The Future Of 52nd Street, Seen From The Inside


Patriotic reminders of West Philly's Main Street, from before SEPTA's reconstruction of the el at 52nd Street station | Photo: Stephen Ives

Past patriotic reminders of West Philly’s Main Street, from before SEPTA’s reconstruction of the el at 52nd Street station | Photo: Stephen Ives

In the heart of every city neighborhood and small town in America is a Main Street. Everyone’s back yard, picnic table, after-school hangout, Saturday mainstay. In West Philadelphia, just look down at the sidewalk medallions for confirmation: “52nd Street, West Philly’s Main Street.”

For decades the mile-long strip of 52nd from just north of the Market-Frankford Line south to Baltimore Avenue has been the heart of business, culture, and soul in West Philadelphia. And though its status as such has changed little since the advent of The El, its complexion has. The forces that worked to changed the social landscape of the strip decades ago are once again knocking on the door with possibilities that current tenants and residents aren’t necessarily welcoming with open arms. The “Penntrification” effect that has taken hold of much of West Philadelphia seems poised to do what once may have been unthinkable—cross the hard and fast psychological boundary of 52nd Street, a place that for me was always where ‘home’ began.

The nexus of West Philly's Main Street: under the el at 52nd & Market | Photo: Stephen Ives

The nexus of West Philly’s Main Street: under the el at 52nd & Market | Photo: Stephen Ives

Having lived in various parts of West Philadelphia for almost my entire life, I’ve watched slow but steady waves of change wash over places that for years seemed to be unchangeable. I grew up accustomed to the grit, the lack of polish, and the general types of sights that people who understand city living on only the most cursory level would expect to see. In my childhood, the red awnings and street side tables of 52nd Street weren’t a threatening hodgepodge of grifters and shady merchants. They were just part of the landscape in the same place where we made weekend stops to buy shoes and fish.

That place, though, doesn’t exist anymore. The Stacy Adams store with its impossible-to-miss sign is gone. Punchey’s, with its ever-present scent of shortening and trays of breaded seafood that were staples of my youth, exists only as an empty storefront and weathered sign. Indeed much of the strip now stands as painted over memories.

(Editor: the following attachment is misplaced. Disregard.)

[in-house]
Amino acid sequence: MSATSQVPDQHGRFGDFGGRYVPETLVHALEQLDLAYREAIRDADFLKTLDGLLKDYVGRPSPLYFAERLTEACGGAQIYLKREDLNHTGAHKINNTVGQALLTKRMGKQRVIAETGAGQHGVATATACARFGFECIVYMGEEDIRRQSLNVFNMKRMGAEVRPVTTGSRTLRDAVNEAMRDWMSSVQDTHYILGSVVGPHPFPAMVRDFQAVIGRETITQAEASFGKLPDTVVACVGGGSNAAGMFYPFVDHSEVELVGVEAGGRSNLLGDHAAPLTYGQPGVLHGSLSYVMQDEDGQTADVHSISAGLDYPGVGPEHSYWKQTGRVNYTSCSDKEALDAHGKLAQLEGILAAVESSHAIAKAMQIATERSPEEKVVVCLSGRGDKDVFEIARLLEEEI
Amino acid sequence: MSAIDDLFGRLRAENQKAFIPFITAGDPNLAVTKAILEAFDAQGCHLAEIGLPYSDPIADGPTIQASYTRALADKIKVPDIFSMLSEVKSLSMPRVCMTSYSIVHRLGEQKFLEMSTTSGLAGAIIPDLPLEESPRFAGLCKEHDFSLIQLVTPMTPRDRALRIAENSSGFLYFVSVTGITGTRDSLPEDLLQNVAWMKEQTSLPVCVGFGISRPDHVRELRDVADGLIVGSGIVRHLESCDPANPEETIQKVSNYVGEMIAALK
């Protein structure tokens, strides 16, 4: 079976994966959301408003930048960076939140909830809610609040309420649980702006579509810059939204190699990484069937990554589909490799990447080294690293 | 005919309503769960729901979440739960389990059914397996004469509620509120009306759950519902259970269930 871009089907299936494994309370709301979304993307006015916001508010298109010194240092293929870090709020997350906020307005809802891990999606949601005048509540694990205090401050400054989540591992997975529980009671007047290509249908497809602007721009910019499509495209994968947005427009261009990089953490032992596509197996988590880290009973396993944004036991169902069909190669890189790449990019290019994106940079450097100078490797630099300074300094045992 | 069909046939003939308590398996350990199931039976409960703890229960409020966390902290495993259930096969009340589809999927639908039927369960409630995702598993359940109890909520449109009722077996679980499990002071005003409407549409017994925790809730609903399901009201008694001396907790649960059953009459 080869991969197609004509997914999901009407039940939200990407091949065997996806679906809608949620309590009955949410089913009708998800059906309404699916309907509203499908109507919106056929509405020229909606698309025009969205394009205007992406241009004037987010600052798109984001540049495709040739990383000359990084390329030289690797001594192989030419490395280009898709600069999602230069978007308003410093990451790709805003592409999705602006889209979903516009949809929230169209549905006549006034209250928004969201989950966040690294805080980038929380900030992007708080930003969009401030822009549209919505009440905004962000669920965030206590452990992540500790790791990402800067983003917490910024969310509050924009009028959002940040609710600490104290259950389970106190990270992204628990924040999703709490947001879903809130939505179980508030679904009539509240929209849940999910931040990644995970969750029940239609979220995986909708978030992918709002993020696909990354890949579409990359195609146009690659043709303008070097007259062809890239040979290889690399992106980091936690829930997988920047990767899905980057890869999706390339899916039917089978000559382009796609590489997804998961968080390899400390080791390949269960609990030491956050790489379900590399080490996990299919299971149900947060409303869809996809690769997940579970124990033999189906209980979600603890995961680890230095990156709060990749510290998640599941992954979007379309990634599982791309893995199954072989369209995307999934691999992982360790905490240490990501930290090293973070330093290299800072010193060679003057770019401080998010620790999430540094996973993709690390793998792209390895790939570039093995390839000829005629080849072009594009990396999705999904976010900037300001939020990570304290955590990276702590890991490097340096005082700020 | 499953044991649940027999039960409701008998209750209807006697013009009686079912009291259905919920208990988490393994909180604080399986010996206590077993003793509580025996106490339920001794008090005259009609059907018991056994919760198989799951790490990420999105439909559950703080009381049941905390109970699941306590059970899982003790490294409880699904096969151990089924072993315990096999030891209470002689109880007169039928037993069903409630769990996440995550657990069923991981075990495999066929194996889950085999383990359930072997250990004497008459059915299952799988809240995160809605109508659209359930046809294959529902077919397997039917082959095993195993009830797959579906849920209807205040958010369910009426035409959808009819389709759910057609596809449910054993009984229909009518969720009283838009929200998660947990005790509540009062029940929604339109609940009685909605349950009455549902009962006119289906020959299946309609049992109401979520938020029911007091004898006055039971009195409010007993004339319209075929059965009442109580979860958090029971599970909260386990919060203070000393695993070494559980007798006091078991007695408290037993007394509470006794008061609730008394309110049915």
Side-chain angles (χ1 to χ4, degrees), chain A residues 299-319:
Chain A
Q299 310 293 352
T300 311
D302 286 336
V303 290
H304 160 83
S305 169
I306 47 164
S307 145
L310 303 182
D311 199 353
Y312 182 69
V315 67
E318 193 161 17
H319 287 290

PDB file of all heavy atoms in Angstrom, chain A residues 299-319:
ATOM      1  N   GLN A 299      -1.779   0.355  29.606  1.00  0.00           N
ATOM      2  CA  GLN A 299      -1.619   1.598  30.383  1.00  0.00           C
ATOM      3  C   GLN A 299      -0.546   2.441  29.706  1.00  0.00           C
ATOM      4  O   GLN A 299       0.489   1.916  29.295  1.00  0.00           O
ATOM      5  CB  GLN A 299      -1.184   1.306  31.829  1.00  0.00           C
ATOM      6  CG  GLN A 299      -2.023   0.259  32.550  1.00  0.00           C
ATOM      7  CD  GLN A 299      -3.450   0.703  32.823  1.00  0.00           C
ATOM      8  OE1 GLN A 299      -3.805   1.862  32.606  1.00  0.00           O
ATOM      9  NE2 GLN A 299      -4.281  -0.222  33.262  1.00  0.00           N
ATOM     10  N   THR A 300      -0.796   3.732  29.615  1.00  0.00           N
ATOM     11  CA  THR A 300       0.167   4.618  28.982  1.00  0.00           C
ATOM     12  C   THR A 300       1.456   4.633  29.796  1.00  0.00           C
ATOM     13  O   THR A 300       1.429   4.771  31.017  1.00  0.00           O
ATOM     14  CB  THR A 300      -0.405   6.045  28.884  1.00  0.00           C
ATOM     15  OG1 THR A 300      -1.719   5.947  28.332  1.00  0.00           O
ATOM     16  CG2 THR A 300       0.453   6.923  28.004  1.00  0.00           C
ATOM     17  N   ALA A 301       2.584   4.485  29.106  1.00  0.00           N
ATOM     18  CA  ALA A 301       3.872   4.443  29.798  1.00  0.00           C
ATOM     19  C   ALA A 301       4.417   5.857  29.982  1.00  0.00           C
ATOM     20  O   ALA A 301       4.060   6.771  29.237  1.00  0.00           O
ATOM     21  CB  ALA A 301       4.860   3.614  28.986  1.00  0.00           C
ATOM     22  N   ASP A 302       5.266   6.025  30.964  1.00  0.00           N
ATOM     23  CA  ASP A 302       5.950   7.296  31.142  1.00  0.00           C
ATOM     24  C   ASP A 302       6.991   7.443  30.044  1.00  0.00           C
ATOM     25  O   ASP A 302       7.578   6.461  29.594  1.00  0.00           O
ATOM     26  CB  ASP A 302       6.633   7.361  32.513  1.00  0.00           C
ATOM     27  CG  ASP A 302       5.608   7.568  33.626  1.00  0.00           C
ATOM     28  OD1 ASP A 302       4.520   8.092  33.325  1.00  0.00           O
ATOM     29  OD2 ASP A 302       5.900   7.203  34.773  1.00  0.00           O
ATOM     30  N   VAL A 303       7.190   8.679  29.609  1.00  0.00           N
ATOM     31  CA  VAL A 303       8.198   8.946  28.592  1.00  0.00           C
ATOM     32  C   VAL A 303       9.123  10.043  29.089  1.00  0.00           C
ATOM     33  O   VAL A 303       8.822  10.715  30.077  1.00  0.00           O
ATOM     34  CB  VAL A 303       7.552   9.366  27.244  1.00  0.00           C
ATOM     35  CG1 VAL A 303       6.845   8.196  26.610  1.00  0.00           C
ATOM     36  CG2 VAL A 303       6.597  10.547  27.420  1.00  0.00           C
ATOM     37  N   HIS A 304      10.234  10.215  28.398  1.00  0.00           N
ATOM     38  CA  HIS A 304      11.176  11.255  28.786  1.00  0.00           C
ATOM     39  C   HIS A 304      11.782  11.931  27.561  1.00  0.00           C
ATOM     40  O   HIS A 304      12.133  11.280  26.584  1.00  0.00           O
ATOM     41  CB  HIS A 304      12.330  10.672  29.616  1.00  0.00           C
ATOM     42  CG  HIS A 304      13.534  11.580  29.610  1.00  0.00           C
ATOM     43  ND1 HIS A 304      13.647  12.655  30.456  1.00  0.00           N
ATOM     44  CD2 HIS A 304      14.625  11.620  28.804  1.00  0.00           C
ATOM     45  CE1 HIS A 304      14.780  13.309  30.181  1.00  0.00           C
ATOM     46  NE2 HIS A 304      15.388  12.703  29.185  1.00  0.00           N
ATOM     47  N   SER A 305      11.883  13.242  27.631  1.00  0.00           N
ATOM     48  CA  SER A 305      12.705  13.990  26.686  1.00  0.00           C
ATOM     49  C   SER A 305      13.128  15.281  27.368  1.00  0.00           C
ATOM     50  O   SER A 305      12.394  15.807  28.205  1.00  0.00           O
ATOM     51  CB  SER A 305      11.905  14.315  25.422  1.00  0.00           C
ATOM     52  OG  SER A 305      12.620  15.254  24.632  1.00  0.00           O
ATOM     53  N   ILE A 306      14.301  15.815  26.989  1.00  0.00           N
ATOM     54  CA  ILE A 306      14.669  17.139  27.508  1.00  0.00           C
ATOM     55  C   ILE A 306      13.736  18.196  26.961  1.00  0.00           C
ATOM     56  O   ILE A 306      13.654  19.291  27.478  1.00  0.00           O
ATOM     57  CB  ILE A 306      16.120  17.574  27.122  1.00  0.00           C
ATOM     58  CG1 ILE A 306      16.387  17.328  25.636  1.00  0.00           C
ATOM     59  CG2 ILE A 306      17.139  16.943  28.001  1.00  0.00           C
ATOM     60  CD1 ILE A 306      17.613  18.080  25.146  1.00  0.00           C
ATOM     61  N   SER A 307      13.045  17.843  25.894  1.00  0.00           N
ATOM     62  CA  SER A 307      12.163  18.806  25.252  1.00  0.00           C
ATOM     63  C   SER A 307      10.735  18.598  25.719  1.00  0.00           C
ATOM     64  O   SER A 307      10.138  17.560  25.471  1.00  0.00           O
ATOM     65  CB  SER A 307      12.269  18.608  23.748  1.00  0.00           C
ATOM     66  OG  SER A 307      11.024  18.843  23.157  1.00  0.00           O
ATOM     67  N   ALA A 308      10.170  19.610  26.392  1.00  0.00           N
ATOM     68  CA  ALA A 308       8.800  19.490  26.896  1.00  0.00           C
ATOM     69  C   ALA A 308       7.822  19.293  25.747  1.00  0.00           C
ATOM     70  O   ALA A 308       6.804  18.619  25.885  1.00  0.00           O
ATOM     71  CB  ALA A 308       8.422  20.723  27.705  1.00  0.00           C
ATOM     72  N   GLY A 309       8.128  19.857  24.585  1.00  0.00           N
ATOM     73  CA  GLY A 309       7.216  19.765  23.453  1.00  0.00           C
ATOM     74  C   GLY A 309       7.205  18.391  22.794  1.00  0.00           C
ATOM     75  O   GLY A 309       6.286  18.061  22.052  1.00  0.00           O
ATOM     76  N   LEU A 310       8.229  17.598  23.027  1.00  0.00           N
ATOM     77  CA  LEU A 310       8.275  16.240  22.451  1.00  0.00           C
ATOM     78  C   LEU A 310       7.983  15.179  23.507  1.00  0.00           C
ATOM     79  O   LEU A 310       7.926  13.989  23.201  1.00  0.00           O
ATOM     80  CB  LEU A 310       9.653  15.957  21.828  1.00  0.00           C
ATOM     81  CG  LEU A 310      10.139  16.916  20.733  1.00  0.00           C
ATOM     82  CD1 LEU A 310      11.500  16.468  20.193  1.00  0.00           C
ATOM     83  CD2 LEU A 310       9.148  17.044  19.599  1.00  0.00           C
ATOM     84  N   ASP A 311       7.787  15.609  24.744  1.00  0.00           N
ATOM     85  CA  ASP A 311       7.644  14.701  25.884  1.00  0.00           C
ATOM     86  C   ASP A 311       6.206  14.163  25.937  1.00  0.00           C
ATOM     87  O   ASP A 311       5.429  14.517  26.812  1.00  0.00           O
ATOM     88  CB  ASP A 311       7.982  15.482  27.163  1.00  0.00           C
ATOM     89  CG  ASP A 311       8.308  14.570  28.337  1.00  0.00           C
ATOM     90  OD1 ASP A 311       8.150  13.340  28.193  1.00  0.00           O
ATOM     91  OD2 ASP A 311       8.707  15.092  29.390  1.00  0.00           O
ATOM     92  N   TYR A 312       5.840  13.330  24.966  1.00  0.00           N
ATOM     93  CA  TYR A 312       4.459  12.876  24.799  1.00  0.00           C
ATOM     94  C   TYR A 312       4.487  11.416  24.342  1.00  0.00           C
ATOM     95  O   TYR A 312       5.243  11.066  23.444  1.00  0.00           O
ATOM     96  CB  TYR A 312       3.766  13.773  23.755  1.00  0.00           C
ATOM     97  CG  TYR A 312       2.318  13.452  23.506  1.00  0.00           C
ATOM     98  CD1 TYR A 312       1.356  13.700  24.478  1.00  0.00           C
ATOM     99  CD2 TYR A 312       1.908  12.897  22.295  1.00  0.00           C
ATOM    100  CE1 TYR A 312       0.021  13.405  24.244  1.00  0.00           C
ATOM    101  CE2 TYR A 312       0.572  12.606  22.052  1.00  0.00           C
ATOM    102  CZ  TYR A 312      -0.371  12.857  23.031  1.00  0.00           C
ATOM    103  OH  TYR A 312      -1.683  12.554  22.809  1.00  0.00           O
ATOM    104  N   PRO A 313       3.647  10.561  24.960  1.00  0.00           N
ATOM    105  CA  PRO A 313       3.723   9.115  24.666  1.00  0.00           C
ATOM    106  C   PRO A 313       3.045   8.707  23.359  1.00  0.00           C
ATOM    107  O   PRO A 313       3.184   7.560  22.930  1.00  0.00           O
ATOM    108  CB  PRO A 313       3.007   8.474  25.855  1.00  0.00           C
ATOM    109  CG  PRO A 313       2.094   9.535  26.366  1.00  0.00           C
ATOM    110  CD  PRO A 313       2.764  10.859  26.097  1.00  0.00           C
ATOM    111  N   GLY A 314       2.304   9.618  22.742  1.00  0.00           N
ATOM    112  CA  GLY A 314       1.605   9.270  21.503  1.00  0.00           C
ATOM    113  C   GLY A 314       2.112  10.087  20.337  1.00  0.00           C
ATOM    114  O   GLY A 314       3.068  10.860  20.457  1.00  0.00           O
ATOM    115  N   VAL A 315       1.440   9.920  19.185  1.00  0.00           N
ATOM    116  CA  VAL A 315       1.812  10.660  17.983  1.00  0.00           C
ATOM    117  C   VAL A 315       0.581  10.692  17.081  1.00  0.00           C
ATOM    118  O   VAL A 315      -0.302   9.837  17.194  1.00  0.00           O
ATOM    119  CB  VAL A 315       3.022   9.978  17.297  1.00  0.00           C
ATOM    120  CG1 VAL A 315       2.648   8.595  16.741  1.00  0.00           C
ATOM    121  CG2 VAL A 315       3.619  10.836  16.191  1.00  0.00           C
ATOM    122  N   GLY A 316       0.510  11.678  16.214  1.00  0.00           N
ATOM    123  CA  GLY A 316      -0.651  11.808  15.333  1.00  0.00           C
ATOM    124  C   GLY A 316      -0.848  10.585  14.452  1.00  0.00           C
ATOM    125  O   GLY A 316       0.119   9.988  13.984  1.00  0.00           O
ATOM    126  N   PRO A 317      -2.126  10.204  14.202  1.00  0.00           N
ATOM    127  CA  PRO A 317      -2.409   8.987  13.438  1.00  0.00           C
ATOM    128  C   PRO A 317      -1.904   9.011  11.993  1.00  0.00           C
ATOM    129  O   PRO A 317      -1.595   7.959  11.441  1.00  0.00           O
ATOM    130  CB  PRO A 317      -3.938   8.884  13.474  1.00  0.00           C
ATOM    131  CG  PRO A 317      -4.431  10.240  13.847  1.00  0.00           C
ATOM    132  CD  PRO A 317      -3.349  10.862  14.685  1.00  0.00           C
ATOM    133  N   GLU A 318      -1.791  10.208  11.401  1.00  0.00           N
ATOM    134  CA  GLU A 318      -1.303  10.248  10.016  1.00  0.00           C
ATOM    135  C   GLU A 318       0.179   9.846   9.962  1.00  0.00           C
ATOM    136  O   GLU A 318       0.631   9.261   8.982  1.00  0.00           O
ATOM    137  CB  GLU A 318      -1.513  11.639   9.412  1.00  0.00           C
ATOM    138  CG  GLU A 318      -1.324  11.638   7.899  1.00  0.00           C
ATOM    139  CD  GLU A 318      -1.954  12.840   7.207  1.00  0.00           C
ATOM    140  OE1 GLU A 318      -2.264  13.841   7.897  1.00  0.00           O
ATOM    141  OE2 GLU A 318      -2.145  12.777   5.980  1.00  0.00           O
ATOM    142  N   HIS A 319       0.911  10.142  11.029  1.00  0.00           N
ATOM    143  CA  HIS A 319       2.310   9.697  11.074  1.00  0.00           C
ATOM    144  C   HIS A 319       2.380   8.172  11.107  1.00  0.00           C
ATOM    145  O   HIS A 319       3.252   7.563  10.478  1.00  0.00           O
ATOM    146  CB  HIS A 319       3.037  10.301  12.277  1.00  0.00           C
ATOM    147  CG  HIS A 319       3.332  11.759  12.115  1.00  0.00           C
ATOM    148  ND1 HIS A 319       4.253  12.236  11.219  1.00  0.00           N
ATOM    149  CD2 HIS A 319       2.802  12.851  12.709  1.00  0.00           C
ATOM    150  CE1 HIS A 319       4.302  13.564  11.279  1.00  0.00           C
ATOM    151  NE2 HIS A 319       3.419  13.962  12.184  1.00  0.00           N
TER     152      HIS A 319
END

Young natives of West Philadelphia know a 52nd Street that has little difference from other commercial corridors in poorer parts of the city. There’s nothing particularly distinctive about the street beyond the volume of activity and the architectural quality of some of its buildings. There aren’t a tremendous amount of long time businesses still there, something generally indicative of the overall health of a commercial area. Having recently moved from another part of the city back to West Philly, just off of 52nd Street, I started getting reacquainted with it, and that was the first thing that that I noticed. A decade ago I lamented the loss of Big George’s Restaurant on Spruce Street, one of the few decent places in the city to get a plate of grits. What exists now—take-out delis, hair salons, convenience stores—is what fills the void left by mom and pop businesses who provided daily essentials (and non-essentials). In some cases, the replacements are arguably as bad as nothing at all.

Bushfire, built as Locust Theatre in 1914 | Photo: Stephen Ives

Bushfire, built as Locust Theatre in 1914 | Photo: Stephen Ives